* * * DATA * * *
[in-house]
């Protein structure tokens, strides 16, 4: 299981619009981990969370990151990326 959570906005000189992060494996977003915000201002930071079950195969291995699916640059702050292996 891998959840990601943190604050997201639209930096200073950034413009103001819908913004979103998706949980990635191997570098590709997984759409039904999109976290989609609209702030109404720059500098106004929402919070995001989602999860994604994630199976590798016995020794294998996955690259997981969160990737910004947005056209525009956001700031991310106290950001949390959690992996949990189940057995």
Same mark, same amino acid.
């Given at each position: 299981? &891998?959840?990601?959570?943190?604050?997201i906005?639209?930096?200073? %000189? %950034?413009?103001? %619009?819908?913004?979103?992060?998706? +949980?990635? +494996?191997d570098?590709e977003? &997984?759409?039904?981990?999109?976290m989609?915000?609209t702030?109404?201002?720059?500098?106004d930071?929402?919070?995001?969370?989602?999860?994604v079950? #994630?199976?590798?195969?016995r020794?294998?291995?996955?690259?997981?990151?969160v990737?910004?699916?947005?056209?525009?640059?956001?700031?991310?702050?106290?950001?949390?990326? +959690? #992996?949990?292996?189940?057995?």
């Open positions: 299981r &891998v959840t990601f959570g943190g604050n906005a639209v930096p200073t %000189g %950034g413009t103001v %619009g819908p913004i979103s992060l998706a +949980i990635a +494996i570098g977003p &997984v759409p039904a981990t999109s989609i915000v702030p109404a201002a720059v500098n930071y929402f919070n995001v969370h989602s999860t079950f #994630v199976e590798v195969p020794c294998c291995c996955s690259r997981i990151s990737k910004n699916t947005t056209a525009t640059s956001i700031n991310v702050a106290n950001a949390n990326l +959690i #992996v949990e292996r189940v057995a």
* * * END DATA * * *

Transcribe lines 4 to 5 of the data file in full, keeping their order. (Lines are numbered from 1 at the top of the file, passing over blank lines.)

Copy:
């Given at each position: 299981? &891998?959840?990601?959570?943190?604050?997201i906005?639209?930096?200073? %000189? %950034?413009?103001? %619009?819908?913004?979103?992060?998706? +949980?990635? +494996?191997d570098?590709e977003? &997984?759409?039904?981990?999109?976290m989609?915000?609209t702030?109404?201002?720059?500098?106004d930071?929402?919070?995001?969370?989602?999860?994604v079950? #994630?199976?590798?195969?016995r020794?294998?291995?996955?690259?997981?990151?969160v990737?910004?699916?947005?056209?525009?640059?956001?700031?991310?702050?106290?950001?949390?990326? +959690? #992996?949990?292996?189940?057995?």
């Open positions: 299981r &891998v959840t990601f959570g943190g604050n906005a639209v930096p200073t %000189g %950034g413009t103001v %619009g819908p913004i979103s992060l998706a +949980i990635a +494996i570098g977003p &997984v759409p039904a981990t999109s989609i915000v702030p109404a201002a720059v500098n930071y929402f919070n995001v969370h989602s999860t079950f #994630v199976e590798v195969p020794c294998c291995c996955s690259r997981i990151s990737k910004n699916t947005t056209a525009t640059s956001i700031n991310v702050a106290n950001a949390n990326l +959690i #992996v949990e292996r189940v057995a």